Wildfire in Kootenay National Park
Kootenay National Park is one of the best kept secrets in our national park system. From icy mountain rivers to steamy hot springs, you can enjoy it by taking a 60 min drive through the park, or by embarking on a multi-day adventure. Kootenay National Park is a park of contrasts and last year’s wildfire has significantly added to its multi-faceted landscape.
Fire: An important part of Kootenay National Park.
For thousands of years, wildfire has been an integral part of Canada’s landscape. In Kootenay National Park, it has played a key role in shaping which species of vegetation and wildlife thrive. In the early years of our national parks system, park managers – and our society – viewed fire as a destructive force and extinguished it. The first national park wardens (called Fire and Game Guardians) were hired in 1909 primarily to extinguish wildfires. More recently, the science of ecology is telling us something completely different; fire is an essential part of nature. Many ecosystems have evolved with fire and depend on it for renewal.
The benefits of fire
We now know that over time, fires create a patchwork of burned and unburned vegetation. This diverse mix of habitats is favoured by some wildlife and supports many species. Fire makes nutrients stored in live and dead vegetation available by converting it into mineral-rich ash. After a fire, pine cones pop open from fire’s heat, releasing their seeds. In the spring, new growth will sprout from the roots of burned shrubs. Flowers will bloom and grasses will sprout. Animals will once again forage in the lush new growth.
Restoring the flame
While we continue to suppress threatening wildfires, we now also work to reintroduce fire in a controlled manner, whether that’s through monitoring wildfires in remote areas or lighting prescribed fires. Our current fire management program has evolved from decades of experience fighting, lighting and researching the effects of fire on the landscape. Parks Canada is now a leader in fire management.
The summer of 2017
Last summer, Canada 150 was celebrated across the mountain parks with much excitement. Mother Nature provided some added challenges when lightning struck in the remote backcountry
drainage of Verdant Creek. Despite immediate and ongoing firefighting efforts, this fire grew to 18,017 hectares over the next two months. With a new summer season coming up, you may be wondering how this could affect your visit to Kootenay National Park.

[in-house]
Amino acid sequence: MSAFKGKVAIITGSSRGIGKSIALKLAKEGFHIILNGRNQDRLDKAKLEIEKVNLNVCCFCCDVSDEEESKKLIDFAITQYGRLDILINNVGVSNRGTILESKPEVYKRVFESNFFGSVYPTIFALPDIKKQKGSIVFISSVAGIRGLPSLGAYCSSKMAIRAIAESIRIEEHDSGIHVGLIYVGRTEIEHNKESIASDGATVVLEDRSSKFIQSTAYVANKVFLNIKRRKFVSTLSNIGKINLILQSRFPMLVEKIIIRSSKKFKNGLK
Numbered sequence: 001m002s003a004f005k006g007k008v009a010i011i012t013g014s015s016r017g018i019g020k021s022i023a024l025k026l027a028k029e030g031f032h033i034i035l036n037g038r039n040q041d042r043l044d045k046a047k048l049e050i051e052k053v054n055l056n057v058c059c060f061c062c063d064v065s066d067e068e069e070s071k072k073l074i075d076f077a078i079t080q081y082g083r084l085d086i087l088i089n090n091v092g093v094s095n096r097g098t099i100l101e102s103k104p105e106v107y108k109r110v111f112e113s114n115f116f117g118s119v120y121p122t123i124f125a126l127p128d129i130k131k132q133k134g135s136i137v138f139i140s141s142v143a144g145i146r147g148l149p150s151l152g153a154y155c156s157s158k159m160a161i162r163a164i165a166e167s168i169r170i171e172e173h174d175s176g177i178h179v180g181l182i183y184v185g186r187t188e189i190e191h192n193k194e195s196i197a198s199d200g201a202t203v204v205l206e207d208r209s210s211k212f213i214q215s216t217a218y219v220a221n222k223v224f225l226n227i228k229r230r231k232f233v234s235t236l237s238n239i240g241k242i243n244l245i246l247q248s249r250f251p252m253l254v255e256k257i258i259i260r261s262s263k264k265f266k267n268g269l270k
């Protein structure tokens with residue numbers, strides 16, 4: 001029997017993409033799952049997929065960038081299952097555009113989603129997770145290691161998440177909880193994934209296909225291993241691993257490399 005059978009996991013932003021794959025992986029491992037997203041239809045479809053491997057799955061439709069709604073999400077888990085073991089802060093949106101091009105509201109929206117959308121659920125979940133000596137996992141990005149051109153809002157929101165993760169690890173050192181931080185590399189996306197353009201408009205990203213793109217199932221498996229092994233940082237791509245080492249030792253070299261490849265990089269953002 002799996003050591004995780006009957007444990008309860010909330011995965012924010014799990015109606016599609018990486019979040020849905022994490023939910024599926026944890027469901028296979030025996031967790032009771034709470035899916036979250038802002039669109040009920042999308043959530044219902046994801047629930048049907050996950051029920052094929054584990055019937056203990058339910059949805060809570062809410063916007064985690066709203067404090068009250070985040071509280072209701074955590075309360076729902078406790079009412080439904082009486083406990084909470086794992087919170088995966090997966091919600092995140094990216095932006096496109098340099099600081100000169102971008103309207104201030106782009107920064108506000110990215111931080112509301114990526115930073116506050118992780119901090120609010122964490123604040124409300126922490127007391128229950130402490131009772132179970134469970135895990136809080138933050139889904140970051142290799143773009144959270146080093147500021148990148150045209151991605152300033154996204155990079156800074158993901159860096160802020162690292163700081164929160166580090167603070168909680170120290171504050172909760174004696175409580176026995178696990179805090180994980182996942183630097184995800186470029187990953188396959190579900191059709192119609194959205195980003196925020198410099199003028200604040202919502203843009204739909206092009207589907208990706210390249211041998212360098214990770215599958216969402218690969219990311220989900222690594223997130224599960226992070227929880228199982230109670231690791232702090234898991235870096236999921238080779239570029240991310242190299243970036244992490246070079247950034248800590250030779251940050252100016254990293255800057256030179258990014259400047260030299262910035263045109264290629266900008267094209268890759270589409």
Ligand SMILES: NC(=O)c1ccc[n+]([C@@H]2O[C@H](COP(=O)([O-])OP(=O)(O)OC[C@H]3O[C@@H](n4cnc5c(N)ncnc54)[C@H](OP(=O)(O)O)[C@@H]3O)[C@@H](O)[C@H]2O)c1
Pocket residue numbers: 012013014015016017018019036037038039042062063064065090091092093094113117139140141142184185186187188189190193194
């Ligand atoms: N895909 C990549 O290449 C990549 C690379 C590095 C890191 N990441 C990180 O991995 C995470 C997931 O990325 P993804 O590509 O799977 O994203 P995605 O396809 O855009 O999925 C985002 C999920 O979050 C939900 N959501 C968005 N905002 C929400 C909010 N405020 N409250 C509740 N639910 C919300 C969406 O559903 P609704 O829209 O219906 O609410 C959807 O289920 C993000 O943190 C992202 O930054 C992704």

Planning your next visit
Following the great success of Canada 150, we are excited for the 2018 summer season. Most trail and campgrounds will be open. We are also now taking online reservations for backcountry campgrounds as of March 2018.
As for trails that may be closed due to the Verdant Creek wildfire, dangerous trees standing along some trails continue to be present and infrastructure such as bridges and signs will require rebuilding which means some limited backcountry areas remain closed in Kootenay and Banff national parks. If you are planning a visit to the park, we encourage you to visit:
Looking for a day trip?
The Redstreak restoration area near the Town of Radium Hot Springs offers a walk through meadows reborn by prescribed fire. Visit the Redstreak Restoration interpretive trail for a chance to learn more about the benefits of fire on the landscape. Don’t forget to watch for bighorn sheep!
Be sure to download the Kootenay App to let Parks Canada staff tell you stories behind the various landscapes in the area. Relax in the Radium Hot Pools and walk the Juniper trail for fantastic views of the Columbia Valley.
For a multi-day trip
Book a campsite to say in one of our oTENTiks at Redstreak Campground, plan a Burgess Shale Hike at Stanley Glacier and soak up the last of the rays from the Hot Pools. For more
great ideas visit pc.gc.ca/kootenay